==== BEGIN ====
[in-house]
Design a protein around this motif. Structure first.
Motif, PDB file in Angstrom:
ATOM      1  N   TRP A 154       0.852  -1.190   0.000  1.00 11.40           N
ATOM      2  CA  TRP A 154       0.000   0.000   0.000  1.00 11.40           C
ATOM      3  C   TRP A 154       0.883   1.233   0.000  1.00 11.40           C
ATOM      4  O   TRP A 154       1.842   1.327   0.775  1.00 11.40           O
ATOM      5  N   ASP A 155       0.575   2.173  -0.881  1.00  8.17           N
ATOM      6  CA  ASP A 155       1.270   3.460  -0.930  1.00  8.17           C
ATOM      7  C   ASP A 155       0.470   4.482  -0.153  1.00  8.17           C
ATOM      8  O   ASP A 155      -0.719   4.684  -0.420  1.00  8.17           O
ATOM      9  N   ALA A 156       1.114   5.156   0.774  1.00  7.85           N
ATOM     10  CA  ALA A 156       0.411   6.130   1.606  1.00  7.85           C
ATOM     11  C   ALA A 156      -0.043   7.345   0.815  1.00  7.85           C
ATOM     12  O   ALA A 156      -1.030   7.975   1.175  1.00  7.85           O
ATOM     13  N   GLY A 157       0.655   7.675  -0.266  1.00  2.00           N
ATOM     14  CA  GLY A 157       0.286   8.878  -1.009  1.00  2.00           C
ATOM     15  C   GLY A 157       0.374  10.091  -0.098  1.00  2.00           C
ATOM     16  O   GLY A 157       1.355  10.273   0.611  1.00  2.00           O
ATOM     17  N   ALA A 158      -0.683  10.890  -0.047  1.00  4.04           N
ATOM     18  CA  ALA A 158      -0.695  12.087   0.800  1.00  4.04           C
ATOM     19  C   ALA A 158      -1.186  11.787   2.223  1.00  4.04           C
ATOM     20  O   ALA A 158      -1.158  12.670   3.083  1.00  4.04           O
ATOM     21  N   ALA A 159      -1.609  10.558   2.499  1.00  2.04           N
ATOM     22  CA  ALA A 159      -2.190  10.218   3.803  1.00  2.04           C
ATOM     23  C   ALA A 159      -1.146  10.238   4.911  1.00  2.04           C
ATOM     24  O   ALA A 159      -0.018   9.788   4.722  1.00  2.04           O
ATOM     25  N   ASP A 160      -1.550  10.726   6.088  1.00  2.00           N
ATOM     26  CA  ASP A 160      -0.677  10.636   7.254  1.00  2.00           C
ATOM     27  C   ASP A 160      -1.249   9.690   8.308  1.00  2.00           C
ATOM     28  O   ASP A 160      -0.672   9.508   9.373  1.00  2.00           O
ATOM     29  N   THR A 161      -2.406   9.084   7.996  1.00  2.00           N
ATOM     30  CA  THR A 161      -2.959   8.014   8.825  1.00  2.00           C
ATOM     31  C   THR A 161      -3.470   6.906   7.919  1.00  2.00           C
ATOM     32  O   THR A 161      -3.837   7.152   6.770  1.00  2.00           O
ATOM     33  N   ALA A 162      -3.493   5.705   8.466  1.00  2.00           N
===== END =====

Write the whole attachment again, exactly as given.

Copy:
[in-house]
Design a protein around this motif. Structure first.
Motif, PDB file in Angstrom:
ATOM      1  N   TRP A 154       0.852  -1.190   0.000  1.00 11.40           N
ATOM      2  CA  TRP A 154       0.000   0.000   0.000  1.00 11.40           C
ATOM      3  C   TRP A 154       0.883   1.233   0.000  1.00 11.40           C
ATOM      4  O   TRP A 154       1.842   1.327   0.775  1.00 11.40           O
ATOM      5  N   ASP A 155       0.575   2.173  -0.881  1.00  8.17           N
ATOM      6  CA  ASP A 155       1.270   3.460  -0.930  1.00  8.17           C
ATOM      7  C   ASP A 155       0.470   4.482  -0.153  1.00  8.17           C
ATOM      8  O   ASP A 155      -0.719   4.684  -0.420  1.00  8.17           O
ATOM      9  N   ALA A 156       1.114   5.156   0.774  1.00  7.85           N
ATOM     10  CA  ALA A 156       0.411   6.130   1.606  1.00  7.85           C
ATOM     11  C   ALA A 156      -0.043   7.345   0.815  1.00  7.85           C
ATOM     12  O   ALA A 156      -1.030   7.975   1.175  1.00  7.85           O
ATOM     13  N   GLY A 157       0.655   7.675  -0.266  1.00  2.00           N
ATOM     14  CA  GLY A 157       0.286   8.878  -1.009  1.00  2.00           C
ATOM     15  C   GLY A 157       0.374  10.091  -0.098  1.00  2.00           C
ATOM     16  O   GLY A 157       1.355  10.273   0.611  1.00  2.00           O
ATOM     17  N   ALA A 158      -0.683  10.890  -0.047  1.00  4.04           N
ATOM     18  CA  ALA A 158      -0.695  12.087   0.800  1.00  4.04           C
ATOM     19  C   ALA A 158      -1.186  11.787   2.223  1.00  4.04           C
ATOM     20  O   ALA A 158      -1.158  12.670   3.083  1.00  4.04           O
ATOM     21  N   ALA A 159      -1.609  10.558   2.499  1.00  2.04           N
ATOM     22  CA  ALA A 159      -2.190  10.218   3.803  1.00  2.04           C
ATOM     23  C   ALA A 159      -1.146  10.238   4.911  1.00  2.04           C
ATOM     24  O   ALA A 159      -0.018   9.788   4.722  1.00  2.04           O
ATOM     25  N   ASP A 160      -1.550  10.726   6.088  1.00  2.00           N
ATOM     26  CA  ASP A 160      -0.677  10.636   7.254  1.00  2.00           C
ATOM     27  C   ASP A 160      -1.249   9.690   8.308  1.00  2.00           C
ATOM     28  O   ASP A 160      -0.672   9.508   9.373  1.00  2.00           O
ATOM     29  N   THR A 161      -2.406   9.084   7.996  1.00  2.00           N
ATOM     30  CA  THR A 161      -2.959   8.014   8.825  1.00  2.00           C
ATOM     31  C   THR A 161      -3.470   6.906   7.919  1.00  2.00           C
ATOM     32  O   THR A 161      -3.837   7.152   6.770  1.00  2.00           O
ATOM     33  N   ALA A 162      -3.493   5.705   8.466  1.00  2.00           N